So what will it take to reduce overdose deaths? Some say that more decriminalization is necessary. Jeffrey Miron, vice president for research at the Cato Institute, says people in Oregon will keep dying from accidental overdoses until lawmakers legalize the production and distribution of the drug, not just the possession.

JEFFERY MIRON: So further criminalization of fentanyl will do absolutely nothing constructive to address the fundamental problem. Underground markets are violent, and they have terrible quality control. So there are more overdoses and accidental poisonings than if these substances were legal.

REICHARD: But others say authorities need to take the dangers of drugs more seriously. Dr. Eric Geisler is a board-certified addiction specialist and a member of the Christian Medical and Dental Associations.

ERIC GEISLER: I think there needs to be encouragement of law enforcement to arrest these people and have some consequences, whether it's just having drugs and paraphernalia removed and having to make a court appearance and be referred to treatment court, which I think is very effective.

While law enforcement is necessary, Geisler says felony convictions for possession go too far.

GEISLER: Sometimes people need to be incarcerated in order to protect themselves from themselves and the environment. But again, sometimes the felony, the felony follows them, they can't get apartments, they can't get jobs. And it's really disproportionate and really impairs their recovery.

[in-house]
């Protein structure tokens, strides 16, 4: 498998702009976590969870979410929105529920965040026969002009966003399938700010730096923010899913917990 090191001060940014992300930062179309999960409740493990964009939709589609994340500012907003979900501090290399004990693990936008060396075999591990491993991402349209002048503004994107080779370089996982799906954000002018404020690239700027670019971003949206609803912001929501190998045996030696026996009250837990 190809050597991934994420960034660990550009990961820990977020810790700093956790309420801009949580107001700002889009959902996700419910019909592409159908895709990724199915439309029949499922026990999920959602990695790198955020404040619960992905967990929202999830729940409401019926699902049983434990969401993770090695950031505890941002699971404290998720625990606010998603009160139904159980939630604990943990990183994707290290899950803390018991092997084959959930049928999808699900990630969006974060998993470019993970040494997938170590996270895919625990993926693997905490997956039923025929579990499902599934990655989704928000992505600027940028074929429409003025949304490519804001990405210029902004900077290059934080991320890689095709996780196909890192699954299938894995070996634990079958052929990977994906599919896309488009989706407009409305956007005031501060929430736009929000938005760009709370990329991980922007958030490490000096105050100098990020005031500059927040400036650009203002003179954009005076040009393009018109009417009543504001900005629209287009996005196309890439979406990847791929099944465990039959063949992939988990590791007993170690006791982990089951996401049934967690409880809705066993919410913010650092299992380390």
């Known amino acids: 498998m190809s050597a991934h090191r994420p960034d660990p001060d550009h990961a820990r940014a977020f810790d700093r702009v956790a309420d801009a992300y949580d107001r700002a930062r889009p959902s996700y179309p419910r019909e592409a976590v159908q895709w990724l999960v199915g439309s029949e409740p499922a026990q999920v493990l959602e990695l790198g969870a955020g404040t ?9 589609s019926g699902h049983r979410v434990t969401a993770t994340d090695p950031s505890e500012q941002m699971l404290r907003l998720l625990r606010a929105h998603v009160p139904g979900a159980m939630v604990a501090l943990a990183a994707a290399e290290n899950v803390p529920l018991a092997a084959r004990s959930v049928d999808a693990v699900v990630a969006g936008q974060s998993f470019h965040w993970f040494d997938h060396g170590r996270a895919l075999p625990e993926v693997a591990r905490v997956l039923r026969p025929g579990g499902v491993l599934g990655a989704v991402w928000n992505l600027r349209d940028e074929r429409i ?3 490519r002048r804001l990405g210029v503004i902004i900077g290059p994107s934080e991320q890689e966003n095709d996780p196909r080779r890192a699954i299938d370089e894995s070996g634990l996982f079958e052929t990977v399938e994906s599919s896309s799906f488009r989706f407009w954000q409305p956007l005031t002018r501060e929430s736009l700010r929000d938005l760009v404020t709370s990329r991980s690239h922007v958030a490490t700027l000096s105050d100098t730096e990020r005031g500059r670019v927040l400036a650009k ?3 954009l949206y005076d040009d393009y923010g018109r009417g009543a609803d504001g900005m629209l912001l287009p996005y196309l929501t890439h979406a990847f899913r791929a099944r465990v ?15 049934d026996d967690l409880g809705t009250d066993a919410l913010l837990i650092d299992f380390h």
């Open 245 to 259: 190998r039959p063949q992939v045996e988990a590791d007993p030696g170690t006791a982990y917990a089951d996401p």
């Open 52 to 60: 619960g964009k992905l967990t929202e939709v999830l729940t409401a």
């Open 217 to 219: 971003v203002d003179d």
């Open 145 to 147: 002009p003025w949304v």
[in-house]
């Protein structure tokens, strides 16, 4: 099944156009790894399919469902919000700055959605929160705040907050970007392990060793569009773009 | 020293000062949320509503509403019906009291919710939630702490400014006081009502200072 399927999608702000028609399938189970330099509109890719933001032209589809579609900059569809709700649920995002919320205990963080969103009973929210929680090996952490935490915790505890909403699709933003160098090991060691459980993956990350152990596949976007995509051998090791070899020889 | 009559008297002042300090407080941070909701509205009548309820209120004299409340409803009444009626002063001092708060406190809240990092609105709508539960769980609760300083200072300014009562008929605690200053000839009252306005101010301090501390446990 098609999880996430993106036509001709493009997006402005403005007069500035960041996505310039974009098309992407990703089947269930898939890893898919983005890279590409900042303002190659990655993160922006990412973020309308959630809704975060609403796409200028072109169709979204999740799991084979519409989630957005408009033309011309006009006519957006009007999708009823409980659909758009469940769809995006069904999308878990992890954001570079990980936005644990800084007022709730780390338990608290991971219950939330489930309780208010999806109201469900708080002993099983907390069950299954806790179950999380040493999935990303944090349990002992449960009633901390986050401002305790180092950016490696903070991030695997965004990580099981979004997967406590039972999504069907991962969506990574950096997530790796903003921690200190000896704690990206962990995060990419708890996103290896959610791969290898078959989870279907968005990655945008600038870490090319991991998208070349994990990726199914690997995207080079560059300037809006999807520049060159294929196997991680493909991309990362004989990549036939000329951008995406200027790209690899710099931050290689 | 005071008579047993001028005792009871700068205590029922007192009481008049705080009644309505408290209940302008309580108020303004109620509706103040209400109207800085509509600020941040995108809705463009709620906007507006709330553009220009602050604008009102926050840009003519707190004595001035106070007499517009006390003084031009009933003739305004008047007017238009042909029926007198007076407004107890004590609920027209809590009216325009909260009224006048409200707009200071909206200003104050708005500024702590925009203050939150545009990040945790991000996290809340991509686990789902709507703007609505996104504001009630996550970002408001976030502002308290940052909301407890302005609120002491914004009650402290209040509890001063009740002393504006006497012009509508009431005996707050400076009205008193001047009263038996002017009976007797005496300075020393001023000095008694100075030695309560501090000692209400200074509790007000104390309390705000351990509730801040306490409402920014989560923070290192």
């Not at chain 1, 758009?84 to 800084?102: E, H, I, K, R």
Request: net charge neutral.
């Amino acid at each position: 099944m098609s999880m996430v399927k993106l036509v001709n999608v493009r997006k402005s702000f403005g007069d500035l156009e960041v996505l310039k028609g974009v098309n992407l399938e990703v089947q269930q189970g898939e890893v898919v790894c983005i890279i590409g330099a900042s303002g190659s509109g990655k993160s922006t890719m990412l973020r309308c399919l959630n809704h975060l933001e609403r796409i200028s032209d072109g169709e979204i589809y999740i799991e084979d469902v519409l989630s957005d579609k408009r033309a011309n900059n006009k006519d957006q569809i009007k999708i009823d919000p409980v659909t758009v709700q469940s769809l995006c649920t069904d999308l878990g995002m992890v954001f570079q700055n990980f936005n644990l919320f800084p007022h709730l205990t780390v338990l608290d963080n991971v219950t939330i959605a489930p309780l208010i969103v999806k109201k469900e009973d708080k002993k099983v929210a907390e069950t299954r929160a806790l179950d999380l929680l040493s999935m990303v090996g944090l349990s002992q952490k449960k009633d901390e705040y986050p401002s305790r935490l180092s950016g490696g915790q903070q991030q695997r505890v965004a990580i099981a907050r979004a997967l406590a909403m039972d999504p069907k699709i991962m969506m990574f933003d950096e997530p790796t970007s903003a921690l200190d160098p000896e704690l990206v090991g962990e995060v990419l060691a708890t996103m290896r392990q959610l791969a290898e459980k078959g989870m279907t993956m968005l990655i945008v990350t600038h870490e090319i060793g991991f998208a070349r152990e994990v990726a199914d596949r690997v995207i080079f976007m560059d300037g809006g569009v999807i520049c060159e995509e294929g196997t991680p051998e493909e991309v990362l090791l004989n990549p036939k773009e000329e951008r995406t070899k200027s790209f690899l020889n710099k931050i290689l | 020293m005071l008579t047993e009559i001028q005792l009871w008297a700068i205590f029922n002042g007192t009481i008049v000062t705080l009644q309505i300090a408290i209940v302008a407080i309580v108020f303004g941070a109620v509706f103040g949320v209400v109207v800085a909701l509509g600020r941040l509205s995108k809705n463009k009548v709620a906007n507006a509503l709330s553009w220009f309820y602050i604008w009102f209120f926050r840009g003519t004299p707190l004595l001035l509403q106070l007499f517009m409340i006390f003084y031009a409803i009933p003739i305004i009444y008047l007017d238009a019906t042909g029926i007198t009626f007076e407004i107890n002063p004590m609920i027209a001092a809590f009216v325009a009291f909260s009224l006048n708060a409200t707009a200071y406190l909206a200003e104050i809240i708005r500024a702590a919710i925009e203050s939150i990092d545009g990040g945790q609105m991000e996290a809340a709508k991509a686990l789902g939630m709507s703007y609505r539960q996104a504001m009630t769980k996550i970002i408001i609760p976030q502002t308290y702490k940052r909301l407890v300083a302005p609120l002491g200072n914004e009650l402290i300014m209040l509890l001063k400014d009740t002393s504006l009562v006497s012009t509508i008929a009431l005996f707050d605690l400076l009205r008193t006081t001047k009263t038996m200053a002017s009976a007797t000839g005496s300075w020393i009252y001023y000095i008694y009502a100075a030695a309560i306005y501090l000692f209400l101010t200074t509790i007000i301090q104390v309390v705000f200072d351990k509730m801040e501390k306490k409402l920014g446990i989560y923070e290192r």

Ministries serving recovering addicts in Oregon have seen the results of drug decriminalization first hand, and they hope the proposed law reverses some of the disastrous consequences of rampant drug use. Among them is Jason Bull, the executive director of the Medford Gospel Mission.

JASON BULL: Measure 110, it’s really taken drug use, from the alleys to public, and how we saw that, how we saw that visually here at the Medford Gospel Mission, our building is about 100 yards or less than 100 yards from a school. And as I was coming into work, I saw six individuals that were smoking methamphetamines out of a pipe, or out of pipes, on the side of our building. The real ironic thing is right on the other side of the wall, there are people that are in our program that's left that type of lifestyle, to be restored.

EICHER: While lawmakers consider tightening drug possession laws, WORLD’s Addie Offereins says that real solutions need to zoom out from focusing exclusively on the individuals possessing drugs.

OFFEREINS: What I realized in talking to a lot of different people about this issue is that substance abuse and addiction can't be seen as merely this personal problem, or this personal failing. This impacts communities. This impacts families. And this isn't about just someone's choice to be addicted to drugs or not.

Addie Offereins is WORLD’s Compassion beat reporter. If you’re interested in digging deeper, we’ve included a link to Addie’s article in today’s transcript.

WORLD Radio transcripts are created on a rush deadline. This text may not be in its final form and may be updated or revised in the future. Accuracy and availability may vary. The authoritative record of WORLD Radio programming is the audio record.